4. Cold outreach: Most companies with robust digital marketing programs need a lot of content, so it follows suit that they need a good team of writers. Cold emailing the director of marketing or someone in a senior content position could net you an ongoing gig. This approach is especially effective if you’ve positioned yourself as an expert in a given niche and approach companies in that space.
  5. Crowd Content: Crowd Content’s unique platform offers writers a place to find work based on a quality star rating. One distinguishing feature of Crowd Content is that it provides ample opportunity for talented, reliable writers to demonstrate their ability and move up in the ranks, accessing higher-paying jobs. The platform vets both writers and clients before jobs are posted — there’s no chance you’ll be stiffed on pay or have to chase down a client to get work approved.

ALSO9 Benefits of Freelance Writing as Told By Top Content Writers

Applying to Be a Ghostwriter

If you plan to work as a ghostwriter through a freelancing platform, you’ll have to go through an application and approval process before you can access actual ghostwriting jobs. At Crowd Content, the sign-up process for freelancers starts when you create a dedicated account. Then, you’ll be asked to share some basic information, including your name, geographic location, and general work experience.

Create Crowd Content account

The most important part of the application is the writing test. Follow the directions given to create a high-quality, task-specific sample that showcases your ability to:

  • Write well
  • Follow directions
  • Review content and refine as needed

If you’re approved, you’ll have access to work either through the Marketplace (jobs created and reviewed directly by clients) or Managed Services (high-volume projects run by Crowd Content’s experienced content managers). From there on out, every job counts! Only take on tasks you feel confident writing, and reach out to the client or the content manager if you have any questions.

Image showing access to the Marketplace app

How to Thrive as a Ghostwriter

You’ve applied for a ghostwriting job, and you’re hired! Now what? Sometimes, the hardest part of being a ghostwriter isn’t finding a gig but keeping it. These tips can help you find long-term success in a highly competitive field.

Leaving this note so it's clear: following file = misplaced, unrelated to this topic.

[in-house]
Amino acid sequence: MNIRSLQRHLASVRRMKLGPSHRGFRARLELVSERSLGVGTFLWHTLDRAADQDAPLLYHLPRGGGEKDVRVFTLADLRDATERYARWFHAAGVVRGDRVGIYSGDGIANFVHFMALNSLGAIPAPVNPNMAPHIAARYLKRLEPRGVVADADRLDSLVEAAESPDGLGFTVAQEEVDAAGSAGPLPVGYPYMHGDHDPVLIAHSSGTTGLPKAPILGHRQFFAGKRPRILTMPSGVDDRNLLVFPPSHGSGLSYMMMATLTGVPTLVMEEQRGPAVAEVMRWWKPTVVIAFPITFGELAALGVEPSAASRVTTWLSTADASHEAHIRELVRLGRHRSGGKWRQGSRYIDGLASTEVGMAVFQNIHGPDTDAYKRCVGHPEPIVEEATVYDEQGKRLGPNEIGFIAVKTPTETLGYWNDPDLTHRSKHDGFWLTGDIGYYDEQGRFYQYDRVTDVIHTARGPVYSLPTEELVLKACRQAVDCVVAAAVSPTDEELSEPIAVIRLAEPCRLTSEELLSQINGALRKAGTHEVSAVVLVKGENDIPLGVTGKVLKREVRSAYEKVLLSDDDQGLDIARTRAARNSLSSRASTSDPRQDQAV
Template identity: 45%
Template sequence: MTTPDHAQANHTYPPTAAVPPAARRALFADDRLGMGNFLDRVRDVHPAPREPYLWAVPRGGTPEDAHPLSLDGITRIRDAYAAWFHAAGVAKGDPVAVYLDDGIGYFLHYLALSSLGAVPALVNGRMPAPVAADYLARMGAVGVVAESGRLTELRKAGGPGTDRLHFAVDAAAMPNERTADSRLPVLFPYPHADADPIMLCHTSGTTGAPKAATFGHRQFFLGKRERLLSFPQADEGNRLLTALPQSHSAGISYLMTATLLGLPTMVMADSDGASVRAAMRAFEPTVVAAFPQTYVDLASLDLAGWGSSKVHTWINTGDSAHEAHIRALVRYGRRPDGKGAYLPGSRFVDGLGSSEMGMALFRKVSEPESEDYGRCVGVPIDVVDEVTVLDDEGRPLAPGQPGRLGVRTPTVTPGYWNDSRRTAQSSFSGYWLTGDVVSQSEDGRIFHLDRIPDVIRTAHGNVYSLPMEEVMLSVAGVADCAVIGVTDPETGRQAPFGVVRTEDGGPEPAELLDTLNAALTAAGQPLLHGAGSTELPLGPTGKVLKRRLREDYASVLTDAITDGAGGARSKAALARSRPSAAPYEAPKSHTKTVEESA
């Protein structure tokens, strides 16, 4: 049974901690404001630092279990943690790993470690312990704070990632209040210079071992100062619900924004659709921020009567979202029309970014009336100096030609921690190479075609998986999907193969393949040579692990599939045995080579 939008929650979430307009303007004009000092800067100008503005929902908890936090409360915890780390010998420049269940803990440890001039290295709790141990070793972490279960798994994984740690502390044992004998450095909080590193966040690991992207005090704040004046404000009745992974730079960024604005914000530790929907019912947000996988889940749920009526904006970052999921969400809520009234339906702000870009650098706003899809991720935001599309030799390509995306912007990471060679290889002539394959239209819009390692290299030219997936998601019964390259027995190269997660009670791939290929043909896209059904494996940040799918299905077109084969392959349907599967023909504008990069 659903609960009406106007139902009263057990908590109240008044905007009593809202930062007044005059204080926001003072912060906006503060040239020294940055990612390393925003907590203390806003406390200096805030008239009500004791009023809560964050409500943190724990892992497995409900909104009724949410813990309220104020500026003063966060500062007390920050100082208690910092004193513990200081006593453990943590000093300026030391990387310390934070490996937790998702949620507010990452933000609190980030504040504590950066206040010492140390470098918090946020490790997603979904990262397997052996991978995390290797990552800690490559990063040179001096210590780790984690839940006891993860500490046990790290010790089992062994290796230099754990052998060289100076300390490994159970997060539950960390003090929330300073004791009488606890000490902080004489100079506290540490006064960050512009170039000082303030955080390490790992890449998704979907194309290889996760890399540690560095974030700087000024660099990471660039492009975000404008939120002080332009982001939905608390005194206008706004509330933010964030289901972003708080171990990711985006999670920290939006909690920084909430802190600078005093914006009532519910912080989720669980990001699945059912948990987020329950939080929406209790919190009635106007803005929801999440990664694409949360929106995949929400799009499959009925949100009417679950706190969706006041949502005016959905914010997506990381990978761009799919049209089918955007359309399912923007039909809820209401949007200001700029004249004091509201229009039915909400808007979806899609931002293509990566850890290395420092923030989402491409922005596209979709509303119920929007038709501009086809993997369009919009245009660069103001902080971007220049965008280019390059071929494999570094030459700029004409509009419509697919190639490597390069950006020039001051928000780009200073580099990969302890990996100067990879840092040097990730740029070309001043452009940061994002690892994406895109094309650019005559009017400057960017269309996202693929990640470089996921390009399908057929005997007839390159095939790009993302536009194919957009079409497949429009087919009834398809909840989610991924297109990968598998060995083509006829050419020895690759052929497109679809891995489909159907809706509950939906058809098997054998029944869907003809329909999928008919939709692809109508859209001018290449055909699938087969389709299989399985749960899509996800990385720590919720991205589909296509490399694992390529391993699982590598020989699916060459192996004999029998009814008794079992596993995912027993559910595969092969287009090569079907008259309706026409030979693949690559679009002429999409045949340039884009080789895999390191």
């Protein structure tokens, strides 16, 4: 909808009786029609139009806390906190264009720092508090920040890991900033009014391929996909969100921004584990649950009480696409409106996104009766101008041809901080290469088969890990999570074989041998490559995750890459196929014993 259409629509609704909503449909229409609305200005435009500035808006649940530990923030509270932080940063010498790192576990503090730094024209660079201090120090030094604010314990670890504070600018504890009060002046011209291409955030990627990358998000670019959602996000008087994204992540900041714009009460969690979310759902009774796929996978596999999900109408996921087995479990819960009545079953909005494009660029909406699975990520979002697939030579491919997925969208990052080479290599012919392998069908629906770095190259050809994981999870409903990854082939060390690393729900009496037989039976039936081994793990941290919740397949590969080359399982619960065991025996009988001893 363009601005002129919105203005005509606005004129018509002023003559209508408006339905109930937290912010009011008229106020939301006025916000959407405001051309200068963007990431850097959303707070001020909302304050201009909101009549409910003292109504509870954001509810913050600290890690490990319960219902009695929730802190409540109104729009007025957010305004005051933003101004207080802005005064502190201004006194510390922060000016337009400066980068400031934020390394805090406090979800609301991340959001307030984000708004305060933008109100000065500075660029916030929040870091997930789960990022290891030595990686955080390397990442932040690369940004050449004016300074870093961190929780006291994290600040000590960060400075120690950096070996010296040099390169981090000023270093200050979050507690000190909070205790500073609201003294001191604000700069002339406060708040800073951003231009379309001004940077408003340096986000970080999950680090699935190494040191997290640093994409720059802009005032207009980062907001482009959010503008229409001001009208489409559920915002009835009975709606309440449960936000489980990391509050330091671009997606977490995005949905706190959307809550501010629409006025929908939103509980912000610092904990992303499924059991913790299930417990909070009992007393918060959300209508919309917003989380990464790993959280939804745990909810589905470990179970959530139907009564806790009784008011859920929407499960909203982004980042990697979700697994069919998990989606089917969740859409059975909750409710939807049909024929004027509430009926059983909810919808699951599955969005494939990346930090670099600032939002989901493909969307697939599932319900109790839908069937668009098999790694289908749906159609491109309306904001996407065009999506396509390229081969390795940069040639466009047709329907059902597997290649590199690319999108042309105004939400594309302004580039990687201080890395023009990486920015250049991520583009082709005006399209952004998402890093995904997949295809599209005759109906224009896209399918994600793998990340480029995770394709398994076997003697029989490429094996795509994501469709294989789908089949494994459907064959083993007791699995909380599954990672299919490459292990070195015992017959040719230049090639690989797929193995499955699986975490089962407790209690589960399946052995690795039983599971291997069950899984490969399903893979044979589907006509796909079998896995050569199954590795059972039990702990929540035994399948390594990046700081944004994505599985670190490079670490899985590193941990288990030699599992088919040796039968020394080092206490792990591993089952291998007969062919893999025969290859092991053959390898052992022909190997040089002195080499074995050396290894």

• Deliver your best work every time: Time is money when it comes to freelancing, and it can be tempting to cut corners. But always remember someone will be publishing this project with their name attached. If you’re not 100% proud of what you’re submitting, the content isn’t ready to be submitted.
  • Meet every deadline: Deadlines aren’t suggestions. They’re commitments you make as a professional writer, and your ability to keep those commitments could make or break your reputation and your relationship with your clients. While there are valid reasons to miss a deadline such as medical emergencies, delays should be the exception, not the rule.
  • Communicate with the client: If you have a problem with meeting a deadline or something isn’t going as planned, make sure to let the client know as soon as possible. This is ultimately their project, and keeping a client in the loop can keep the process running smoothly for all involved.
  • Ask questions: If something about the job isn’t clear or doesn’t make sense, ask for clarification. Most clients are more than happy to provide additional guidance to ensure they receive the quality writing and focused content they’re paying for.
  • Be professional: This is a business relationship, and it’s important to treat it as such. Be polite, and always treat clients with respect.

ALSO10 Things to Know Before You Start Writing

Are Ghostwriting Jobs Right for You?

While writing without a byline may be a turnoff for many writers, it can be a lucrative career choice for others. It can also be immensely rewarding to be the driving force in helping people get their stories out into the world. If you’re interested in pursuing a career in ghostwriting, visit Crowd Content’s freelance writing job page, and take the first step toward success.

Rick Leach

Article by

Rick Leach, the Vice President of Content Operations at Crowd Content, is a seasoned professional in orchestrating large-scale content initiatives. At the helm of a dynamic team of content managers, QA specialists, and production assistants, he oversees the team’s production of high-quality content for businesses around the globe. Rick's expertise extends beyond operations management to providing strategic insights on scaling and producing outstanding content, making him a respected voice in the content creation industry.

Rick's journey in the content industry is preceded by more than five years as an Advertising Sales Manager at The Tampa Tribune, where he refined his skills in media sales and advertising. And his entrepreneurial spirit is evident in his successful 17-year venture as the proprietor of an e-commerce business.

On a personal front, Rick's life is as fulfilling as his professional endeavors. A proud U.S. Navy veteran, he enjoys a blissful family life, married with four children and a grandchild. Originally from New England but now residing on the Gulf Coast of Florida, Rick is an avid fan of the Boston Red Sox and the New England Patriots.